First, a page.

Google Beta Tests Click Fraud Killer

Google has finally started a public beta for a pay-per-action ad model. I already explained how important Google sees these types of ads. For text-based advertising, this is where Google will focus its attention next. These types of ads are much harder to cheat because actual actions (such as a purchase) must occur before an ad pays out. This destroys the click fraud industry that has plagued Google. While there is a form of fraud associated with pay-per-action, it is much more difficult to pull off, and relatively easy to spot (My previous employer was this type of ad agency).

As this beta rolls out and the mainstream launch nears, I firmly believe you will see even more active promotion of the Google Checkout application. As I mentioned before, Google checkout is a critical edge in Google maintaining any market share it steals from the current top pay-per-action companies. In short, Google Checkout kills a variety of potential loopholes that exist in the pay-per-action ad model. Since Google controls the payment processing, they can track:

  • Valid vs Invalid payments. Sometimes a payment is invalided later, such as when a credit card is reported stolen. These are lost revenues for the publisher since they’ve already paid the ad broker (Google) money to place their ad. The ad broker also gets shafted sometimes because the advertiser would withhold payment, causing problems down the chain with the publisher who displayed the ad. With Google Checkout, such events can be properly tracked and all parties involved can be refunded or credited as necessary.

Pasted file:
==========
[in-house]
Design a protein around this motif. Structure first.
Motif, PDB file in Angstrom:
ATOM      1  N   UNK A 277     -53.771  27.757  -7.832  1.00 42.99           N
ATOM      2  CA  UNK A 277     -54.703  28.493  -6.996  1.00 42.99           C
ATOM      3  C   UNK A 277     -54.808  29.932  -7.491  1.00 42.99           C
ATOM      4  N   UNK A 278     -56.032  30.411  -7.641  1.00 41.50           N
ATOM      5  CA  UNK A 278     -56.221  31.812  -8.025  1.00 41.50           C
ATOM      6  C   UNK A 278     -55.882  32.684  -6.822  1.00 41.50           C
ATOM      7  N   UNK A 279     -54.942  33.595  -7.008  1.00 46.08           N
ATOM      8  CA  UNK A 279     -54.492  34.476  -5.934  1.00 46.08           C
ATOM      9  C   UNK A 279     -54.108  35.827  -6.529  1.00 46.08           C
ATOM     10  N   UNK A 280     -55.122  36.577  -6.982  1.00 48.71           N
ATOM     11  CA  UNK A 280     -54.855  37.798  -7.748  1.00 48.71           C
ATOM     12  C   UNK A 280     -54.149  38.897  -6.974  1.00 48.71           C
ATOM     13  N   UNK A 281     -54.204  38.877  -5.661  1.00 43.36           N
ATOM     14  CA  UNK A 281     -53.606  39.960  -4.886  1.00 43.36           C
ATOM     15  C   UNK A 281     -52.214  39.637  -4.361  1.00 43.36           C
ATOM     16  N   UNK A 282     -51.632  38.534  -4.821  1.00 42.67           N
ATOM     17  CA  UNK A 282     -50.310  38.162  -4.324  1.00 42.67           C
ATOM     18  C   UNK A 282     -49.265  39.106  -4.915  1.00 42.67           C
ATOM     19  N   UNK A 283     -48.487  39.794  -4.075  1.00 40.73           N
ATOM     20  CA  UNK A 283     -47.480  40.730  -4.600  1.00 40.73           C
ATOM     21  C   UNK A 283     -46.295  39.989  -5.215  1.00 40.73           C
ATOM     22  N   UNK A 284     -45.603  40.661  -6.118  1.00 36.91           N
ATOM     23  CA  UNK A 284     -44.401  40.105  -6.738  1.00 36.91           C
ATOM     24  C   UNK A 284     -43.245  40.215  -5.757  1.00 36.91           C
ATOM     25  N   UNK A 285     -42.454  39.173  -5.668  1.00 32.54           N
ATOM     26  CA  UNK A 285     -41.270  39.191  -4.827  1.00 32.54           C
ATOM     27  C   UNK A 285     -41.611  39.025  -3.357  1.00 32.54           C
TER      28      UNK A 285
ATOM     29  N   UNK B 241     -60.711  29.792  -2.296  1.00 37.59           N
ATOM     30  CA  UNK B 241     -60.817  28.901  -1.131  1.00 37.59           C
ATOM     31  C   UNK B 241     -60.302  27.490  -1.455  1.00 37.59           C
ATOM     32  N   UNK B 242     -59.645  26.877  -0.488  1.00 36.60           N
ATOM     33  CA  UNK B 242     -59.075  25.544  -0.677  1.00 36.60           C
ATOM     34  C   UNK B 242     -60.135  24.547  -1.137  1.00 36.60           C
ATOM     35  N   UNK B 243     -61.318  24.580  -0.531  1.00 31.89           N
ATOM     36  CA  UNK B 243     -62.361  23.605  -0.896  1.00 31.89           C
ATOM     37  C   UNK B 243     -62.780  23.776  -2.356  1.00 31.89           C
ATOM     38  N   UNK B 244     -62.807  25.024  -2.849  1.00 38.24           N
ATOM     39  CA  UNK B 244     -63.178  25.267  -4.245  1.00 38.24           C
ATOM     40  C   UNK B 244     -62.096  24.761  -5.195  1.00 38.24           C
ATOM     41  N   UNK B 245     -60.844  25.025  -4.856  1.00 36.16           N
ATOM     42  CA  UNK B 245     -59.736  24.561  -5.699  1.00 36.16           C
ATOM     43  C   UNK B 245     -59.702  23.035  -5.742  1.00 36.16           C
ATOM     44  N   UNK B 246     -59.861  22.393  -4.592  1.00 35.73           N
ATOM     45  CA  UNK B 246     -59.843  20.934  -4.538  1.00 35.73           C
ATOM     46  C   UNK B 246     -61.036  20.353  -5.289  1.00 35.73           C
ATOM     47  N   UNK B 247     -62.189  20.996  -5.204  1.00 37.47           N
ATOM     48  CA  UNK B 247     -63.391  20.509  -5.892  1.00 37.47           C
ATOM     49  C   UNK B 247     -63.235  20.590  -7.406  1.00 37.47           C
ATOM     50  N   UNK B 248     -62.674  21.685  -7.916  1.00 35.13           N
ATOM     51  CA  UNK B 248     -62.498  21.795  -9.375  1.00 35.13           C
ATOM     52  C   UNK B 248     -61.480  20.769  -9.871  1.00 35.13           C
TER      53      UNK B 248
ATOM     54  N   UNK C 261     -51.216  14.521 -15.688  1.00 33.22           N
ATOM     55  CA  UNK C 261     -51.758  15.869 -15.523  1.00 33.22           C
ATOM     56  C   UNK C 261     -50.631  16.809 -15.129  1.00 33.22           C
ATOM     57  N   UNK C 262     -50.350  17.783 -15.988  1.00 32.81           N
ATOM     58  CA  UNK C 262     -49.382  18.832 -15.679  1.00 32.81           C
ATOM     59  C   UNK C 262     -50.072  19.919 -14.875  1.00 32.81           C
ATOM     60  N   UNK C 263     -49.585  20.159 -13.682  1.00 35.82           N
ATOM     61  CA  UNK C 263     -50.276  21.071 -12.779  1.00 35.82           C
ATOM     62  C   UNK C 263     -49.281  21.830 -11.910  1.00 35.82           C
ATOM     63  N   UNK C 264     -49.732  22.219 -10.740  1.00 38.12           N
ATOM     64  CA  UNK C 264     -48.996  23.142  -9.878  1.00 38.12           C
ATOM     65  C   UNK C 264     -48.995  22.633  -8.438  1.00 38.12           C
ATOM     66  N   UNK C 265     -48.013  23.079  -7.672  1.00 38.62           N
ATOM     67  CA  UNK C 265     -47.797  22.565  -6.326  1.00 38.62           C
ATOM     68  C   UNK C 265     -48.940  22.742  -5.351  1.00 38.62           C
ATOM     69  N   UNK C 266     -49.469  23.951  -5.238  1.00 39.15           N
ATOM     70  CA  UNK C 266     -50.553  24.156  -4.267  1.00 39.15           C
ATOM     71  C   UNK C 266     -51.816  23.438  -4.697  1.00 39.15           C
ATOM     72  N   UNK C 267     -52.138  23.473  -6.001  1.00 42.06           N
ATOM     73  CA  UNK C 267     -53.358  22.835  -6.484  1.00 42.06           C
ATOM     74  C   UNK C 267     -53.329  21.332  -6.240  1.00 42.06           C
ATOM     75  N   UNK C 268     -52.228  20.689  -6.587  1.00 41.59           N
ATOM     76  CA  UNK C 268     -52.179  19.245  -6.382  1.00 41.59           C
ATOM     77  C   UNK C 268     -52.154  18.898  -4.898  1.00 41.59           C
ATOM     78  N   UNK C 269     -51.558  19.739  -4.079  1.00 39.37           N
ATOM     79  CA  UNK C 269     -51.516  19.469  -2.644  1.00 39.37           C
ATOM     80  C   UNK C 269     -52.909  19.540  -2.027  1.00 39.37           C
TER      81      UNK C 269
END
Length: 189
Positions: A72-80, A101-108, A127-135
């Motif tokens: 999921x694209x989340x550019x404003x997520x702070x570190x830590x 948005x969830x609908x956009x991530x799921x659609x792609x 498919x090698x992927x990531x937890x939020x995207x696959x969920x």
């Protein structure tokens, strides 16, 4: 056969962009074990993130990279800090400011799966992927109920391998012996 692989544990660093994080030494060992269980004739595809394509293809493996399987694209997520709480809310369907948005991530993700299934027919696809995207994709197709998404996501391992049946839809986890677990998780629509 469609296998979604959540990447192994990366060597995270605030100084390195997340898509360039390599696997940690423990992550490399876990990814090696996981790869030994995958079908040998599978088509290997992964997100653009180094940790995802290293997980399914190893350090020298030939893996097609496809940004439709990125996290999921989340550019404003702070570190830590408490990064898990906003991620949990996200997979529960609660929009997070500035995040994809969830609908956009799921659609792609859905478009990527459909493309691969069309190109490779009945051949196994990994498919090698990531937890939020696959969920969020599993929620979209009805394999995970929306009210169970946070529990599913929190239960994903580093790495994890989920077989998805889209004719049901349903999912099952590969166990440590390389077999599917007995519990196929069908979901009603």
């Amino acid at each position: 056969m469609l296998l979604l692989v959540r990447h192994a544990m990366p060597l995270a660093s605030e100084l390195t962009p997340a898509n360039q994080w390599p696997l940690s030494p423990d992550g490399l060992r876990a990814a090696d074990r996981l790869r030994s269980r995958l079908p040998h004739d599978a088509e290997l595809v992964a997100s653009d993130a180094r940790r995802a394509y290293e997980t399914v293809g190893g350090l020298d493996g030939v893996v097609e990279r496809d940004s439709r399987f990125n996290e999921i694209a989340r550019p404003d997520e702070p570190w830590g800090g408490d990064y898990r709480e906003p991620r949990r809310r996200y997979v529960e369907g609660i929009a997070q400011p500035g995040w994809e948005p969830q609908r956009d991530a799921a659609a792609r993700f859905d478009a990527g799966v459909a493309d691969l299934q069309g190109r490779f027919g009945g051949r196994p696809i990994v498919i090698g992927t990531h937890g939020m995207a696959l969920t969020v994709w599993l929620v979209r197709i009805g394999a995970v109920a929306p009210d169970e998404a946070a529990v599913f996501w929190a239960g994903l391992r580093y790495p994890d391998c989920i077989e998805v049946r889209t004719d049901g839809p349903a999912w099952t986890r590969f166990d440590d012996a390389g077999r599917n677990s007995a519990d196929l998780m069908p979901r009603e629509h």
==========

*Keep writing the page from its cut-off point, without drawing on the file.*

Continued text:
• Refunds and chargebacks. This is the same issue as above, but involve abusive or fraudulent customers. Again, this is otherwise lost money to the advertiser, which is of course the single most important entity for Google to make happy.
  • Actual sales volume, instead of what is reported by the publisher. In regular pay-per-action ads, there is a big incentive to cheat the tracking of sales and conversions (which is done with cookies and embedded images). This is to reduce payments owed to the ad broker. Google Checkout makes this much more difficult since Google knows exactly how much an advertiser has made. There will still be hurdles to overcome, but it definitely will make things more transparent for everybody.

Like I said, Google Checkout isn’t done yet. Google will fight to the bloody end before they let it languish in obscurity. It’s a vital part of their text ad strategy, moving forward.

Gosh, a lot of Google news lately, huh?